Feb. 10, 2004
Poem: "Toast," by Leonard Nathan, from Carrying On: New and Selected Poems (University of Pittsburgh).
There was a woman in Ithaca
who cried softly all night
in the next room and helpless
I fell in love with her under the blanket
of snow that settled on all the roofs
of the town, filling up
every dark depression.
in the motel coffee shop
I studied all the made-up faces
of women. Was it the middle-aged blonde
who kidded the waitress
or the young brunette lifting
her cup like a toast?
Love, whoever you are,
your courage was my companion
for many cold towns
after the betrayal of Ithaca,
and when I order coffee
in a strange place, still
I say, lifting, this is for you.
Literary and Historical Notes:
It's the birthday of playwright and poet Bertolt Brecht, born in Augsburg, Germany (1898). He's one of the most influential playwrights of the twentieth century. He started studying Karl Marx's Das Kapital in 1927, and he was converted to communism two years later when he saw policemen shoot bullets into an unarmed crowd. He came to the conclusion that most plays were catering to the rich and privileged, and he developed a revolutionary new theory of drama. He thought that theaters should be closer to political lecture halls than places of entertainment, and he wanted to encourage audiences to think about issues rather than sympathize with characters. He didn't use conventional stage props, he flashed slides and written messages on large screens, and he had actors step out of their roles to directly address the audience.
Brecht was an outspoken enemy of Hitler, and in 1933 he was forced to go into exile. First he went to Denmark, where he wrote an anti-fascist play called Fear and Misery of the Third Reich (1938). Then he came to the United States and settled in Hollywood to write plays and movies. He wrote more than 50 screenplays during his six years in Hollywood, but only one of them was accepted: Hangmen Also Die (1943), an anti-Nazi film that came out in the middle of World War II. He later said, "The intellectual isolation [in Hollywood] is enormous. Compared to Hollywood, Svendborg is a world center."
But it was while he was in Hollywood that he wrote his best-known plays, The Life of Galileo (1938), Mother Courage and Her Children (1939) and The Caucasian Chalk Circle (1945). When Brecht had them produced in Germany in the late '40s, they established his reputation as one of the great modern playwrights. He spent the final years of his life in East Berlin, where he wrote poetry, directed plays and founded the Berliner Ensemble.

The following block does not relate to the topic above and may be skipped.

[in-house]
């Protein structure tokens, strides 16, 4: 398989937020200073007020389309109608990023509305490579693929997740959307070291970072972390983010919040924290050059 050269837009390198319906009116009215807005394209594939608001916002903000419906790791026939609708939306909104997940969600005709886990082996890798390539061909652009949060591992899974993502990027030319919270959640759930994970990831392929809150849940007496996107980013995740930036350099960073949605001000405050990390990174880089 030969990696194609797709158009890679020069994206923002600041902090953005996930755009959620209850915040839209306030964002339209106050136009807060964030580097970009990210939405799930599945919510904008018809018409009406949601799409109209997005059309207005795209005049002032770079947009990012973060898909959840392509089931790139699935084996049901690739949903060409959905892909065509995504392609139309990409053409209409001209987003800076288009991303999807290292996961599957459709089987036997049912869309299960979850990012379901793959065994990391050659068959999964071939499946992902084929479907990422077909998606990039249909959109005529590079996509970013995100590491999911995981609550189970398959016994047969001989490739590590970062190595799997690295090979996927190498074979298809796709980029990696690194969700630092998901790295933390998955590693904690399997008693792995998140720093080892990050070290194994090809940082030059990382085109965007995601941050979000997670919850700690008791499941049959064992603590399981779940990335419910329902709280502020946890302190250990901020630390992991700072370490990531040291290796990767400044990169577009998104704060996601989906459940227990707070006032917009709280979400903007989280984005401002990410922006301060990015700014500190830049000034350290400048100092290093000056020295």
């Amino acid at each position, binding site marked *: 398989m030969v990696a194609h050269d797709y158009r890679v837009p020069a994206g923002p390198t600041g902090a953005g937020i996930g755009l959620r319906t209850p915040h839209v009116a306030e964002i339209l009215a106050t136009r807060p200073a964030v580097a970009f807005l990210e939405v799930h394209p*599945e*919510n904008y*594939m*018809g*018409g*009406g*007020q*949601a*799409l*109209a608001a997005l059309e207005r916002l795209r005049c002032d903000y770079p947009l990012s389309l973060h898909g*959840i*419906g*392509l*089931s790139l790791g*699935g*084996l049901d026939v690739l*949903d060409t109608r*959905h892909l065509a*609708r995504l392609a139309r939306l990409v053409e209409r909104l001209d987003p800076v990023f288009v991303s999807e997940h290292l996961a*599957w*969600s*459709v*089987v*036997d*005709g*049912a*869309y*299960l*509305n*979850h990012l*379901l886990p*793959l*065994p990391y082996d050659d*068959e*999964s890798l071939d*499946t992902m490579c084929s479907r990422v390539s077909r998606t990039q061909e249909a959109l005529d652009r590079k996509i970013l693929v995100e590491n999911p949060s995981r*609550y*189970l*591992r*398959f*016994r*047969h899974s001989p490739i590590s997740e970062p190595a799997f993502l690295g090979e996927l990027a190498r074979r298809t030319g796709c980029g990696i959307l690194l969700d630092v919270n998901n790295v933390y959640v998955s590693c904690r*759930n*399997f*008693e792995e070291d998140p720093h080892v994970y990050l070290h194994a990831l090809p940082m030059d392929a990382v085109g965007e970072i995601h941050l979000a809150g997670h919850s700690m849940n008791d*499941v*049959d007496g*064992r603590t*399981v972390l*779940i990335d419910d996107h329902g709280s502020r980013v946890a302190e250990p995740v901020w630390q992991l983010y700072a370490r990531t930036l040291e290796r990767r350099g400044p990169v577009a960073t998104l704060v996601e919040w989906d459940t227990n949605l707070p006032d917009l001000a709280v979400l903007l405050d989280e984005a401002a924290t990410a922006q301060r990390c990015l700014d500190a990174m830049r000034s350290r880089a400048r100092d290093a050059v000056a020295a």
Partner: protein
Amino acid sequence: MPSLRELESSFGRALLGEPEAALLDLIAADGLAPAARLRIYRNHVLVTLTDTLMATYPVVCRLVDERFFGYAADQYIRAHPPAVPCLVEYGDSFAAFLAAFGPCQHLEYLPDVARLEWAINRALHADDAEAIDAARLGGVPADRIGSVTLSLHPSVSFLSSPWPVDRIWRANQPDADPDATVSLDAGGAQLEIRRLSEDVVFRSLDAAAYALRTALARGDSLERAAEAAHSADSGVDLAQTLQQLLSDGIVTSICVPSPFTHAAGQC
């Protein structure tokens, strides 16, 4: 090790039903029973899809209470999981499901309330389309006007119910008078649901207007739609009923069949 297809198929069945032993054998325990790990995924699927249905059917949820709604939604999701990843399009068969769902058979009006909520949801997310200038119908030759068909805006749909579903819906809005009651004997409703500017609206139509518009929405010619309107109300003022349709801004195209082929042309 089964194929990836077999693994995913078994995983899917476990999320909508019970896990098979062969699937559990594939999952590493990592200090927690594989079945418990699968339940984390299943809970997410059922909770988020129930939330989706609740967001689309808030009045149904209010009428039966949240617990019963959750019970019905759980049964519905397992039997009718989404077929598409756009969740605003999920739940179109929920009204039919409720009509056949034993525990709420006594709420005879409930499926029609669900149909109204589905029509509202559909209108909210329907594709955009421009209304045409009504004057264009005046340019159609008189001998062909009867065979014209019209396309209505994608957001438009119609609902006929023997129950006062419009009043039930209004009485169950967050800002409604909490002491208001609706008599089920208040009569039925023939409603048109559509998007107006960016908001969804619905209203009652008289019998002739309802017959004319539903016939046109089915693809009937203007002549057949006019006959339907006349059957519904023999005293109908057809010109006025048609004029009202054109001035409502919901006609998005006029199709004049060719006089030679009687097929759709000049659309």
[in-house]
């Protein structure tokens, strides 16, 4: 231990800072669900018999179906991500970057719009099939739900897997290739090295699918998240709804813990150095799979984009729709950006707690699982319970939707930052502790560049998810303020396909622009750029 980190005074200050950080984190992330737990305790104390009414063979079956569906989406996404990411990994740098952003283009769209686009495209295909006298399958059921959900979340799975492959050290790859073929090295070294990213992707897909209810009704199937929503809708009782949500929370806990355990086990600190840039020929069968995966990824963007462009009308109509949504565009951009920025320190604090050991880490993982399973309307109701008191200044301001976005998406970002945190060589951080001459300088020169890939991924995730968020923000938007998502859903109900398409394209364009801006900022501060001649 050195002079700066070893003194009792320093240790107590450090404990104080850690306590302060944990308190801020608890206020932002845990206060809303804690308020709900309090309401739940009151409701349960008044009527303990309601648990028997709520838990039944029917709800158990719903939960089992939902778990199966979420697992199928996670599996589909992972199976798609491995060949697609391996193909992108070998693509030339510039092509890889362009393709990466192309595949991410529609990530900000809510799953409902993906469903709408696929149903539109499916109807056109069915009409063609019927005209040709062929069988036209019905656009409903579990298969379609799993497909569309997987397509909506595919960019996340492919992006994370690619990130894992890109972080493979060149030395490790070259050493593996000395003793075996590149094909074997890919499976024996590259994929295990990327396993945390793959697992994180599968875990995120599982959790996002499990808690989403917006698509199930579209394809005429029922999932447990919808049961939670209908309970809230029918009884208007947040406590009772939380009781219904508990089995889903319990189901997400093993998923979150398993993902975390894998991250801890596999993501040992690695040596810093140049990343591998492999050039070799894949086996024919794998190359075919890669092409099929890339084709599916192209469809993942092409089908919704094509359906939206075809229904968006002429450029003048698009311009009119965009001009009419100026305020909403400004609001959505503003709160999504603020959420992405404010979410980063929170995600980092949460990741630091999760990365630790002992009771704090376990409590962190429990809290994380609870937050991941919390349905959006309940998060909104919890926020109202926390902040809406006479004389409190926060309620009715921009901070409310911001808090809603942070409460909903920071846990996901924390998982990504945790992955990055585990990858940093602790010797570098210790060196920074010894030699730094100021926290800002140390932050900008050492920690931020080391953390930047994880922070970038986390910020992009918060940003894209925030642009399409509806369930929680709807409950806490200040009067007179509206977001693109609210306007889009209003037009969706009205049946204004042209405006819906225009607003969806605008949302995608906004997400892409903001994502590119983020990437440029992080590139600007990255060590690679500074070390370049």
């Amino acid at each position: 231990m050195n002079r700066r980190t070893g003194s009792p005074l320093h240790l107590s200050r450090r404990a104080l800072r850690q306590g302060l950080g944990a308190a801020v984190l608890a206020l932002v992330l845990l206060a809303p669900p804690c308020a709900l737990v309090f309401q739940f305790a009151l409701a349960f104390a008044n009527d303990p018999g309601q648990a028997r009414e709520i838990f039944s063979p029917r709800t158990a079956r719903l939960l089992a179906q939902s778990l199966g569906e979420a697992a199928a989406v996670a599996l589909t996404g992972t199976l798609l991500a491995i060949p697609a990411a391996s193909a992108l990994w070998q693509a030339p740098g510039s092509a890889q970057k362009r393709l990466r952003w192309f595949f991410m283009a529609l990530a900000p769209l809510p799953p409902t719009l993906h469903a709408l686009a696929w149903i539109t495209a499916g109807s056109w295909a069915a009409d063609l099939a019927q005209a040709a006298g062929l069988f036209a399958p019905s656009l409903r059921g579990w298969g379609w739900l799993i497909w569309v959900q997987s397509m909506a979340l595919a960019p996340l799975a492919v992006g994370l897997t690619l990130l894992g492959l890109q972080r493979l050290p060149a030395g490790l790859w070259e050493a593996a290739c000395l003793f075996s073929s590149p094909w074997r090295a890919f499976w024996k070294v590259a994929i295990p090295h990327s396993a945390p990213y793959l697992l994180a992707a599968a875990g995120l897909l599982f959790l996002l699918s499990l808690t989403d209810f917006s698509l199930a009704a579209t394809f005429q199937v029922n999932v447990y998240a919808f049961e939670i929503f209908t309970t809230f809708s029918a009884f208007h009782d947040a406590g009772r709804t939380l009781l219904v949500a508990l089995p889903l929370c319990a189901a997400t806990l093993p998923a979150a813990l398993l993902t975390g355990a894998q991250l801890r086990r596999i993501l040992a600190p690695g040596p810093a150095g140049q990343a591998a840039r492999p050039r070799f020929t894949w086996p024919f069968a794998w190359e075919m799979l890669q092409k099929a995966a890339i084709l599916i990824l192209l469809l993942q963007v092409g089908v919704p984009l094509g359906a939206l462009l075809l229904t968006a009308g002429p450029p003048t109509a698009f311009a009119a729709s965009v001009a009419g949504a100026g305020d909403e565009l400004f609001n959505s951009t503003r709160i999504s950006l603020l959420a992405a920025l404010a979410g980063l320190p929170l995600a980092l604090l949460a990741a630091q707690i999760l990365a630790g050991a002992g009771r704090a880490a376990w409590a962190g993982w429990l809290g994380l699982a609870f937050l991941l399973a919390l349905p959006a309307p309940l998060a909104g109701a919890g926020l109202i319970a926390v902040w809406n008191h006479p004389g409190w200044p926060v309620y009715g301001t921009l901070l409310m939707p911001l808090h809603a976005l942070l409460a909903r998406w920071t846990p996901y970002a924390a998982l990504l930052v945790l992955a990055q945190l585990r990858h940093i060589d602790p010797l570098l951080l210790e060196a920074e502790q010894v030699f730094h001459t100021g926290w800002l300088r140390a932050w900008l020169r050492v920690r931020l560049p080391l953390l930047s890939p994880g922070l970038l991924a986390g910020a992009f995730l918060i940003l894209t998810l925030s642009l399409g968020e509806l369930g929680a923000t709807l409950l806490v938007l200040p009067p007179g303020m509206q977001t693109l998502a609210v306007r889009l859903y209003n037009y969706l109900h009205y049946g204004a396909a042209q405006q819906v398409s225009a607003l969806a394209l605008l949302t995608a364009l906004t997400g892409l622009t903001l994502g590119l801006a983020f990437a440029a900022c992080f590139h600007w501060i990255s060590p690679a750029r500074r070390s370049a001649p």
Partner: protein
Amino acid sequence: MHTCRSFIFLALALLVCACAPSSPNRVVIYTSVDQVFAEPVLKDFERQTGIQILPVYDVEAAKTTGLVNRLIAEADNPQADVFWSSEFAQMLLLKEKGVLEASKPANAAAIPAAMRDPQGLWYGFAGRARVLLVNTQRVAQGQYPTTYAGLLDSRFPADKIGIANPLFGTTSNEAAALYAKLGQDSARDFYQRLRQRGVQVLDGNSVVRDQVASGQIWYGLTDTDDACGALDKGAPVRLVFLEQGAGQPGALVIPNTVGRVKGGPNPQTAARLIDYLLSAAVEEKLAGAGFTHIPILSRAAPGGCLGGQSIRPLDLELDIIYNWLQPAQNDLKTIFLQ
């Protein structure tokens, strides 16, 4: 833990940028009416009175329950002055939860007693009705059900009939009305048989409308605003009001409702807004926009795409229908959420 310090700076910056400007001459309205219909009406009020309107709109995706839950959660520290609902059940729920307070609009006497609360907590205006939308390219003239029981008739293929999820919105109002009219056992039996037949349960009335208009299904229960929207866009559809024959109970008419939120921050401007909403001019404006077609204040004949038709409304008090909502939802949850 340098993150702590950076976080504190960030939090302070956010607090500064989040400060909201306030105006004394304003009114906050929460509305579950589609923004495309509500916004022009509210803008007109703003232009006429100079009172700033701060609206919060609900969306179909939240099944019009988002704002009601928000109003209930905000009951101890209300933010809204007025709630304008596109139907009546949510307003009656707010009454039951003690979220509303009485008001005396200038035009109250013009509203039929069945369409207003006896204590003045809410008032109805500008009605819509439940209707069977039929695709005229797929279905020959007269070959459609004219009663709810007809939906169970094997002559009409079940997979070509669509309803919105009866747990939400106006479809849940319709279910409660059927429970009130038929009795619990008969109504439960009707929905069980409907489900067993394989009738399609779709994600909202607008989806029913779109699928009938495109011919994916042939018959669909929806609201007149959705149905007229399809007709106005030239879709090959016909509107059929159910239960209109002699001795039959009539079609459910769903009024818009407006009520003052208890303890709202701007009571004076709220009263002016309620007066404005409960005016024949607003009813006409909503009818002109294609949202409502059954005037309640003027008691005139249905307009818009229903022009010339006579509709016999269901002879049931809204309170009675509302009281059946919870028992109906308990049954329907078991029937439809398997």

It's the birthday of the man who wrote Doctor Zhivago (1957), Boris Pasternak, born in Moscow (1890). His father was a painter and his mother was a famous pianist, and they encouraged his love of literature from a young age. He spent hours alone in his bedroom reading the classics of Russian literature—Tolstoy, Dostoevsky, Turgenev, and Pushkin
His first two books were collections of poetry, A Twin in the Clouds (1914) and Over the Barriers (1917). After the Bolshevik Revolution of 1917, he decided that prose could better address the nation's problems, and so he started writing fiction as well as poetry. In the early '30s, he began work on his masterpiece, Doctor Zhivago. He wrote, "I always dreamt of a novel in which, as in an explosion, I would erupt with all the wonderful things I saw and understood in this world."
During the 1940s and '50s he made money by translating writers like Shakespeare, Keats, Shelley, Schiller, and Goethe, since he knew that he wouldn't be punished for publishing translations. He also continued to work on Doctor Zhivago in secret, and finally finished it in 1955. It's an epic novel that follows the lives of over sixty characters through the first half of twentieth century Russia. It was published in 1957 in Italy, and it was immediately banned in the Soviet Union. The next year, Pasternak was awarded the Nobel Prize for Literature, but he refused it. He was still living in Russia, and he knew that if he accepted it he would be deported. Doctor Zhivago has since become a classic, and in 1989 his son finally accepted the Nobel Prize on his behalf.
Pasternak said, "I don't like people who have never fallen or stumbled. Their virtue is lifeless and it isn't of much value. Life hasn't revealed its beauty to them."
Be well, do good work, and keep in touch.®